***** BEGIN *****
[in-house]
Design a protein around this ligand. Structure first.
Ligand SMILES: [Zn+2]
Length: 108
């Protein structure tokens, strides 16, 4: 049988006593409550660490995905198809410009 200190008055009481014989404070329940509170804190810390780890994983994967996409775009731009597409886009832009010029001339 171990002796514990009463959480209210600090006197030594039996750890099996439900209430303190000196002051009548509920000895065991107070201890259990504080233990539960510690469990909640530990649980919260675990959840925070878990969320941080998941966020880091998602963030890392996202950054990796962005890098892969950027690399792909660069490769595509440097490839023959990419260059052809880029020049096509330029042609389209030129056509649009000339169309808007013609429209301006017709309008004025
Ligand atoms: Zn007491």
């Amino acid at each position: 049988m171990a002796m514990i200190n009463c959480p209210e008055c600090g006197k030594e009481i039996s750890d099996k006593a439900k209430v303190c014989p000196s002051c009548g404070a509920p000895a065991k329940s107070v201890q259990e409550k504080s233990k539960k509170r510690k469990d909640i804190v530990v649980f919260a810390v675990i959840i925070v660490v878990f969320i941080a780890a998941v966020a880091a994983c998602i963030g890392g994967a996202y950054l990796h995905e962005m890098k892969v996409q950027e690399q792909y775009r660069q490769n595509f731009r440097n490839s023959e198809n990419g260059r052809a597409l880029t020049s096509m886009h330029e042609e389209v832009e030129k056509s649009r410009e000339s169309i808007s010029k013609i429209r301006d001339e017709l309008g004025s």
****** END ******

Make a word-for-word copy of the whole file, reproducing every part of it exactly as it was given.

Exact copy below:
[in-house]
Design a protein around this ligand. Structure first.
Ligand SMILES: [Zn+2]
Length: 108
């Protein structure tokens, strides 16, 4: 049988006593409550660490995905198809410009 200190008055009481014989404070329940509170804190810390780890994983994967996409775009731009597409886009832009010029001339 171990002796514990009463959480209210600090006197030594039996750890099996439900209430303190000196002051009548509920000895065991107070201890259990504080233990539960510690469990909640530990649980919260675990959840925070878990969320941080998941966020880091998602963030890392996202950054990796962005890098892969950027690399792909660069490769595509440097490839023959990419260059052809880029020049096509330029042609389209030129056509649009000339169309808007013609429209301006017709309008004025
Ligand atoms: Zn007491």
């Amino acid at each position: 049988m171990a002796m514990i200190n009463c959480p209210e008055c600090g006197k030594e009481i039996s750890d099996k006593a439900k209430v303190c014989p000196s002051c009548g404070a509920p000895a065991k329940s107070v201890q259990e409550k504080s233990k539960k509170r510690k469990d909640i804190v530990v649980f919260a810390v675990i959840i925070v660490v878990f969320i941080a780890a998941v966020a880091a994983c998602i963030g890392g994967a996202y950054l990796h995905e962005m890098k892969v996409q950027e690399q792909y775009r660069q490769n595509f731009r440097n490839s023959e198809n990419g260059r052809a597409l880029t020049s096509m886009h330029e042609e389209v832009e030129k056509s649009r410009e000339s169309i808007s010029k013609i429209r301006d001339e017709l309008g004025s």